WASHINGTON — The National Institute of Food and Agriculture (N.I.F.A.) was launched Oct. 8 by Agriculture Secretary Tom Vilsack, who gave a speech regarding the role of science and research at U.S.D.A. He outlined his vision for addressing some of the world's major challenges over the coming decades during a National Press Club event with John Holdren, assistant to the president for science and technology.
"The opportunity to truly transform a field of science happens, at best, once a generation," he said. "Right now, I am convinced, is U.S.D.A.'s opportunity to work with the Congress, other science agencies and with our partners in industry, academia and the non-profit sector to bring about transformative change."
Mr. Vilsack said the U.S. has new and powerful tools — biotechnology, nanotechnology and large-scale computer simulations — applicable to all types of agriculture.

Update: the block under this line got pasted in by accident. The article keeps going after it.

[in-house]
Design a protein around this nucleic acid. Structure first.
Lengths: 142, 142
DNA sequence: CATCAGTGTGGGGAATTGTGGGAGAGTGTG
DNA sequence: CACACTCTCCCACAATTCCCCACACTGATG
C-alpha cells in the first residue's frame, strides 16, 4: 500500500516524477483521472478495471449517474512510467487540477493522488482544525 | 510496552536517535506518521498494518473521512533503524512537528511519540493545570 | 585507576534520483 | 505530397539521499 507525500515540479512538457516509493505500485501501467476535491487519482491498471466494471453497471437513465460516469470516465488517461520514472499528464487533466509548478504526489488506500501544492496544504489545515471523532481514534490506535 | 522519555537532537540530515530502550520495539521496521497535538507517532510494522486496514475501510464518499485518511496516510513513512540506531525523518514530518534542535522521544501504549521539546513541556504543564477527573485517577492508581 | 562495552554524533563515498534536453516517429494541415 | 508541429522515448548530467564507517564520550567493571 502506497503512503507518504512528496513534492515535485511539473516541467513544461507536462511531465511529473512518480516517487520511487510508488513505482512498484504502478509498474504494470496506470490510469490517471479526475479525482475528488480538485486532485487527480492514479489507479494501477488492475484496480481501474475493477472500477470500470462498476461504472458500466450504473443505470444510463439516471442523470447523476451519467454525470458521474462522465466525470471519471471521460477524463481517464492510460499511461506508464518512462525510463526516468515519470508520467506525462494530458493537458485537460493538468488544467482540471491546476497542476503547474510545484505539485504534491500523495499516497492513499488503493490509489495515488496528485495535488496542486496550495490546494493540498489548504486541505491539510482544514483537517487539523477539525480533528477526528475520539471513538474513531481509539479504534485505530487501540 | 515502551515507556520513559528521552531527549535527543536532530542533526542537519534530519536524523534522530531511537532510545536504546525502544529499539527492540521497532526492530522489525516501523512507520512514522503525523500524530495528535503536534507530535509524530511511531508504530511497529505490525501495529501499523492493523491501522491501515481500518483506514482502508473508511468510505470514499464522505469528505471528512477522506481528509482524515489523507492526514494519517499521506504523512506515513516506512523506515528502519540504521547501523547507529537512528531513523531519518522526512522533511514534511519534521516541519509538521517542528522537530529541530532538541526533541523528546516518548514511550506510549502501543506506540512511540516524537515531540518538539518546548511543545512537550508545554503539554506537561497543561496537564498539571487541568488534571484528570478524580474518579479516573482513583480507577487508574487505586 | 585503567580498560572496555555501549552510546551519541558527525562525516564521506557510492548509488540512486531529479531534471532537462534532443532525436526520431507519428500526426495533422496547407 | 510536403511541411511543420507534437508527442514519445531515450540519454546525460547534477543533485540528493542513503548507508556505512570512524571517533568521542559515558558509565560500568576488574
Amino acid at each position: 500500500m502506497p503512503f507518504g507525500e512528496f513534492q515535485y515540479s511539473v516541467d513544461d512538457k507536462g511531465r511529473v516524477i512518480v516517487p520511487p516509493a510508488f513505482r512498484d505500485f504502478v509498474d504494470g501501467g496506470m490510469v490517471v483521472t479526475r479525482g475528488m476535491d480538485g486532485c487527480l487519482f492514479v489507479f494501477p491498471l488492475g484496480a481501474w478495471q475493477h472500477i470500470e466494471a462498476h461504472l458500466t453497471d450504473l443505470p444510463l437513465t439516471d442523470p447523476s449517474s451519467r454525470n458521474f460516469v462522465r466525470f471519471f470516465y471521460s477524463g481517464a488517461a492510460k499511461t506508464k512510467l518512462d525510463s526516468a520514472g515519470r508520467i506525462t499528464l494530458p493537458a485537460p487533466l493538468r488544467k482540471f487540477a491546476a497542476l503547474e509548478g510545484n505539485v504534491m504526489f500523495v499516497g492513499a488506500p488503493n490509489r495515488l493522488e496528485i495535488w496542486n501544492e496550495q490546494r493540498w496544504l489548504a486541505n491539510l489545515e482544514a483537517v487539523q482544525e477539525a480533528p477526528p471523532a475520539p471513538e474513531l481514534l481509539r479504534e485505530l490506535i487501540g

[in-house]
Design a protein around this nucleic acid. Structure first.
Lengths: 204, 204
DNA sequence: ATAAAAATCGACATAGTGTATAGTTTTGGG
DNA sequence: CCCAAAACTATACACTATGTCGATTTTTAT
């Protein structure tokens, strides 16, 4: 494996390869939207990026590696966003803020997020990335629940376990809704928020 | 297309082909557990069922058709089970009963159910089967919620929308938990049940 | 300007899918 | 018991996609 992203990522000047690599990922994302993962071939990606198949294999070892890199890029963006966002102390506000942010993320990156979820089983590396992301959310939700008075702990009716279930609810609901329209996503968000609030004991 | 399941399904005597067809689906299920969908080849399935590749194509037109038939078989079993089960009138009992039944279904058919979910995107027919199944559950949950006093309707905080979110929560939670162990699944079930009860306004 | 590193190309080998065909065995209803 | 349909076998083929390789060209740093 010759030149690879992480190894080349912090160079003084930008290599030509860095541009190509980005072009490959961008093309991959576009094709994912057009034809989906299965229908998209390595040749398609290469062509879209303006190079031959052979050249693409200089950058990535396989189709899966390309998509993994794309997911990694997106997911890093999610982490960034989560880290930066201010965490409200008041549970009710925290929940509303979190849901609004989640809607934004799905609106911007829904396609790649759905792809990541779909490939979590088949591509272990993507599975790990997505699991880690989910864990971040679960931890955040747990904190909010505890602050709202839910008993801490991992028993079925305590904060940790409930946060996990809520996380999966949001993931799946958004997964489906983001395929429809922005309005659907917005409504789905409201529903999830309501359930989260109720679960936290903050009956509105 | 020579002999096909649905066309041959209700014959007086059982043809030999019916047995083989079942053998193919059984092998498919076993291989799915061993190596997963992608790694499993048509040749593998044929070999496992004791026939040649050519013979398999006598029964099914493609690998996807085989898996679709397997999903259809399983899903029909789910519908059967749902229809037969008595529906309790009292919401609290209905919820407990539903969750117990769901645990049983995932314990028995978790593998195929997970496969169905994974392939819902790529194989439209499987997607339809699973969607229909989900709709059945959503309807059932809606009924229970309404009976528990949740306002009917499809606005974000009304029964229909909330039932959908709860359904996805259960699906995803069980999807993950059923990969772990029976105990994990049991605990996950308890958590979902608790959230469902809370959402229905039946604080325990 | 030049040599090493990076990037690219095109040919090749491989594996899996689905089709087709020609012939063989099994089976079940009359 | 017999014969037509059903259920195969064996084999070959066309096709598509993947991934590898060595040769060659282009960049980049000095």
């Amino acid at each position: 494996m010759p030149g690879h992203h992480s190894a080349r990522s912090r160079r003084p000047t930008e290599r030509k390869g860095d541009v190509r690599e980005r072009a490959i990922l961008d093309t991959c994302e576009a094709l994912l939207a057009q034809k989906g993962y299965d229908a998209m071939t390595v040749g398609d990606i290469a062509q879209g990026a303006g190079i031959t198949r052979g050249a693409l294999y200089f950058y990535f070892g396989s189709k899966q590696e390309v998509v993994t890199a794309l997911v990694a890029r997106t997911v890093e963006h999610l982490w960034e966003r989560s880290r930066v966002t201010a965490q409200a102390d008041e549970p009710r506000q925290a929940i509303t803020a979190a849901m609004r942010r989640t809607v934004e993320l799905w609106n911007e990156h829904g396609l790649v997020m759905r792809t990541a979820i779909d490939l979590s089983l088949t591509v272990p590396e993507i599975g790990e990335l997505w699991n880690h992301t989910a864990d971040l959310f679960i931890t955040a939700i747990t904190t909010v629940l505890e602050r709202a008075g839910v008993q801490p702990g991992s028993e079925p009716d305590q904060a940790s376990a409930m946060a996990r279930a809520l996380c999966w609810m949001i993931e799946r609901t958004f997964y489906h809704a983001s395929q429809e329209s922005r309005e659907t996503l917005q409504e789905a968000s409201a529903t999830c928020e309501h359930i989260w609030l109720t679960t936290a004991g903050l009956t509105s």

N.I.F.A. will be U.S.D.A.’s extramural research enterprise. The president has tapped a preeminent plant scientist from the Danforth Plant Science Center in St. Louis — Roger N. Beachy, winner of the Wolf Prize in Agriculture and a member of the National Academy of Sciences — to head up N.I.F.A.
Mr. Vilsack said he wants U.S.D.A. science to focus most of its resources to support: the ability to keep American agriculture competitive while ending world hunger; the ability to improve nutrition and end child obesity; efforts to radically improve food safety; securing America's energy future; and making the U.S. better stewards of its environment and natural resources.
"President Obama this spring pledged to invest more heavily in the nation's basic sciences, and to commit as much as 3% of America's G.D.P. to science," he added. "Agricultural science needs to be part of that strategic investment strategy."